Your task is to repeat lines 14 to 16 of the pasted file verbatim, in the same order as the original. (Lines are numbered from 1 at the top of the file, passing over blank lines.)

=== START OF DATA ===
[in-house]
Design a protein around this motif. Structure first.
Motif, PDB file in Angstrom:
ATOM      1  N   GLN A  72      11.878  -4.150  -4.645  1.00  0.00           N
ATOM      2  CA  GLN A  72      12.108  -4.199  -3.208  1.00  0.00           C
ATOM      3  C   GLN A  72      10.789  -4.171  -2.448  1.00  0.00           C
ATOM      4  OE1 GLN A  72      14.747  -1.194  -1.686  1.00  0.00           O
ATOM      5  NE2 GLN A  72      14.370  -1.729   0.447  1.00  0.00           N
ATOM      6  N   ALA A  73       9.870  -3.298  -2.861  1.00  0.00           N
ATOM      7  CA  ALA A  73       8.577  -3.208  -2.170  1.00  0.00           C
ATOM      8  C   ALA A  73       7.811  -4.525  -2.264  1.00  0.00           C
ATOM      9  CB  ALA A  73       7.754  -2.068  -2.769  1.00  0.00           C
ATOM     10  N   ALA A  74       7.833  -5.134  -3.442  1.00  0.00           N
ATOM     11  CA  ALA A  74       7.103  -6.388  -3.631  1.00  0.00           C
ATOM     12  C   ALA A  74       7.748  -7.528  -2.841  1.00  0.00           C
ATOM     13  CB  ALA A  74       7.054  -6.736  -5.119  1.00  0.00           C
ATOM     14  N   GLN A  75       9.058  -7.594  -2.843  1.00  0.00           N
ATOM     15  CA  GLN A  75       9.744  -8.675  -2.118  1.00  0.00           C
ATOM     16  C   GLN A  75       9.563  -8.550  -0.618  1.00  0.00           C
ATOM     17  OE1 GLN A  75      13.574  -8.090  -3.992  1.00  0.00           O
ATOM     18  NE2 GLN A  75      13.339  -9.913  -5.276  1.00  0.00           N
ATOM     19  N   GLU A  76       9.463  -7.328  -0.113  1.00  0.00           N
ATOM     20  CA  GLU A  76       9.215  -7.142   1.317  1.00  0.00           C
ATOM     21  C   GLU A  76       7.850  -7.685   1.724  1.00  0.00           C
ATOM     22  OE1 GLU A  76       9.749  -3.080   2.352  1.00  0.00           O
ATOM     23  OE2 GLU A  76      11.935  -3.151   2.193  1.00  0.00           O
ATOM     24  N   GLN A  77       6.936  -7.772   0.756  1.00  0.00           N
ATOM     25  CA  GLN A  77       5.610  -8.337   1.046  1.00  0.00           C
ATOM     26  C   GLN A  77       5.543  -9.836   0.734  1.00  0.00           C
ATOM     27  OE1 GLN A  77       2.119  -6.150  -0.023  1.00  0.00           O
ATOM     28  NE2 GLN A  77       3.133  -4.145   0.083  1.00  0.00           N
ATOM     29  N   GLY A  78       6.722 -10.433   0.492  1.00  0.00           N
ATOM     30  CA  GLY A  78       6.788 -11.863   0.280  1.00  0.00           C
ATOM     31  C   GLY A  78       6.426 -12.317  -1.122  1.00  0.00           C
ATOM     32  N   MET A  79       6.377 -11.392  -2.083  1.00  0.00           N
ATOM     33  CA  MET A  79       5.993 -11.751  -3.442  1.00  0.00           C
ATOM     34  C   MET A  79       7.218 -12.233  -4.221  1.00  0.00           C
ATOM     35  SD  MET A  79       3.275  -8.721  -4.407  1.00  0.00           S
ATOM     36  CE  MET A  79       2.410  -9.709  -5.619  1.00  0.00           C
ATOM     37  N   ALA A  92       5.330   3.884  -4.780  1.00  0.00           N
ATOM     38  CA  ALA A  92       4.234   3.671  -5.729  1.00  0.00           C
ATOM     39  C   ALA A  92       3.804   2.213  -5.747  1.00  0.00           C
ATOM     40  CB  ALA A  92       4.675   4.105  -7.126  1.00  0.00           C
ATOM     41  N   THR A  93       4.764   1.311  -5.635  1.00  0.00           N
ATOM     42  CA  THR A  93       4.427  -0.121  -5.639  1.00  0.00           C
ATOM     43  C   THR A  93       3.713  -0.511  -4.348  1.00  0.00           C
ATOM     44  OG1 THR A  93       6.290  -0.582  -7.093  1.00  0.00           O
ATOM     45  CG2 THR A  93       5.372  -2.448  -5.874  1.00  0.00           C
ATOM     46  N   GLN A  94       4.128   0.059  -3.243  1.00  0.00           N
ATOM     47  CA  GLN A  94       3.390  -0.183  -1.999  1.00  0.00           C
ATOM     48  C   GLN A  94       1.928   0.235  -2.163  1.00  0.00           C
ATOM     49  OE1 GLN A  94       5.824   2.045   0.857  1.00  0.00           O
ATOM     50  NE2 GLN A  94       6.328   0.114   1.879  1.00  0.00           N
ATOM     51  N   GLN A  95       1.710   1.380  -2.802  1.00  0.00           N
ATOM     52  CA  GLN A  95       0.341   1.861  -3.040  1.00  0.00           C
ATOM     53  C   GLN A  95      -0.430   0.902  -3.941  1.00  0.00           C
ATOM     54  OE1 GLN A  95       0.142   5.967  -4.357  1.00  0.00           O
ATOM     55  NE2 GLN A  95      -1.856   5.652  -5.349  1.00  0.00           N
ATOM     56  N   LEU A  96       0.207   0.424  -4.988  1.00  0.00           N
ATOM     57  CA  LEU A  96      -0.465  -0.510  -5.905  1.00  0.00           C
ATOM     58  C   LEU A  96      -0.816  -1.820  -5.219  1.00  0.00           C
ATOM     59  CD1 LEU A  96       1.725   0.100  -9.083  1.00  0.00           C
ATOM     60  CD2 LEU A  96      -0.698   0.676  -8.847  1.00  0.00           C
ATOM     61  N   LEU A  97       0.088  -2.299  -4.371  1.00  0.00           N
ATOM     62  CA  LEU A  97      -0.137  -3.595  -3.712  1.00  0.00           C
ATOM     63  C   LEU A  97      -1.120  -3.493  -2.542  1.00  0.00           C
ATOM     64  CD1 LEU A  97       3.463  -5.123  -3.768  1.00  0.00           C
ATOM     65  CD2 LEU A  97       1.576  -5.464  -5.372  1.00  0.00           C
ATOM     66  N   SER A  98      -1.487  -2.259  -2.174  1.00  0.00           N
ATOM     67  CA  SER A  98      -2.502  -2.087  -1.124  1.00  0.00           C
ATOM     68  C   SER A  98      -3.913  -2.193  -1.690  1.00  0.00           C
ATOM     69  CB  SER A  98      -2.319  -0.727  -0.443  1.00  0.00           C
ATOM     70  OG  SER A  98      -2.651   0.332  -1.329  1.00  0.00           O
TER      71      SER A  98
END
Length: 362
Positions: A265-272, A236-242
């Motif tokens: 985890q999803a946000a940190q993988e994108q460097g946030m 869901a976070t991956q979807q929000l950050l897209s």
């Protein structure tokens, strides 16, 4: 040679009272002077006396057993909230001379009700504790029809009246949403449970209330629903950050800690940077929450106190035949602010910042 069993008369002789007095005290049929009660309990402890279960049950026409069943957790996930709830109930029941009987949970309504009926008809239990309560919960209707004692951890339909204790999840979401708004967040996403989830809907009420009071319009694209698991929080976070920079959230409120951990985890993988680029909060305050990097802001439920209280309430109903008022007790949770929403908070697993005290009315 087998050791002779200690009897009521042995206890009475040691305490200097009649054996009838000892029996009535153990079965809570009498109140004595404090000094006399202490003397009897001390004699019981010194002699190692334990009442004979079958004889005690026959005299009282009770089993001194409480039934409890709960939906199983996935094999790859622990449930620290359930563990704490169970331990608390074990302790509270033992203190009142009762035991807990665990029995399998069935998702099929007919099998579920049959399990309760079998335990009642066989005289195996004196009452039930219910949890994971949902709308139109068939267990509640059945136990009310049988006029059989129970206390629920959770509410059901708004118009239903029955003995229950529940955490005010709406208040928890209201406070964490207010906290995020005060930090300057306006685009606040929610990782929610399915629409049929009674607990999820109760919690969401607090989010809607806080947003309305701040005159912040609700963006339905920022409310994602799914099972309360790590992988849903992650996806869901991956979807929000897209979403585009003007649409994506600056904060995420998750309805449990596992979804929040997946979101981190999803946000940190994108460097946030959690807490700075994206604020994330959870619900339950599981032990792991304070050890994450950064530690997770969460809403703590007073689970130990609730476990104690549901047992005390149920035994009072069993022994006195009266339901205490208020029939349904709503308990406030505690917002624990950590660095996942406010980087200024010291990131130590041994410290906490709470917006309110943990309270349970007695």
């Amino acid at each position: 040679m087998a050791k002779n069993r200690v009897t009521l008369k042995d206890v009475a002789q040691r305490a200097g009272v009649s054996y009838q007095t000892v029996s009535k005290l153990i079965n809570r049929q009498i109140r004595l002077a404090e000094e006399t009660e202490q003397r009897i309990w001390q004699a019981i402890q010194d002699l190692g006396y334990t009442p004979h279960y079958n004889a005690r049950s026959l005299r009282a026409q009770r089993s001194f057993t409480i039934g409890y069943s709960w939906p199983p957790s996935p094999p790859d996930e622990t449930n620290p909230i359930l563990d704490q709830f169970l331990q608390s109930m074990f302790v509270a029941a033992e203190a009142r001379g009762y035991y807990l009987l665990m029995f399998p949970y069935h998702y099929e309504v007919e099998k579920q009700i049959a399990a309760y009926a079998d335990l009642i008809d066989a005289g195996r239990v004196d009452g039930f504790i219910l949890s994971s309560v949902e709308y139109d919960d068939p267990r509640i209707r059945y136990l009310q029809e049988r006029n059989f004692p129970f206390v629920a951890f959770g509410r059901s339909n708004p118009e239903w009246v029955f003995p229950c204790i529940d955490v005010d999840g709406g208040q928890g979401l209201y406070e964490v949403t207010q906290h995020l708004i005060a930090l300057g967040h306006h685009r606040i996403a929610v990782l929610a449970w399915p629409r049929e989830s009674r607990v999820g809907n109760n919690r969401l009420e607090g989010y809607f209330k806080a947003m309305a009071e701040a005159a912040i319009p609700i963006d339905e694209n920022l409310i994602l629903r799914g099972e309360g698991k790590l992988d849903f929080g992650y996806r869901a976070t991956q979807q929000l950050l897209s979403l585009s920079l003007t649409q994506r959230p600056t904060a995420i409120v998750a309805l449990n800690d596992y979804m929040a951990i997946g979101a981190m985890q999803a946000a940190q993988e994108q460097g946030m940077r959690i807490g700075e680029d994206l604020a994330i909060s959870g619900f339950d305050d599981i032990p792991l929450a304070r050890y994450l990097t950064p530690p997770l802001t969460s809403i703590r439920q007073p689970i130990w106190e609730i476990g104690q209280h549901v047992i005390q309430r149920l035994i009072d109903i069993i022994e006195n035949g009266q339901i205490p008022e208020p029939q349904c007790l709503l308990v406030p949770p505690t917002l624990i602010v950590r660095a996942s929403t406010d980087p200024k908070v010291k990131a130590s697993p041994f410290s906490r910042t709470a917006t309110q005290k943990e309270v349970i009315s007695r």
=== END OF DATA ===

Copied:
ATOM     11  CA  ALA A  74       7.103  -6.388  -3.631  1.00  0.00           C
ATOM     12  C   ALA A  74       7.748  -7.528  -2.841  1.00  0.00           C
ATOM     13  CB  ALA A  74       7.054  -6.736  -5.119  1.00  0.00           C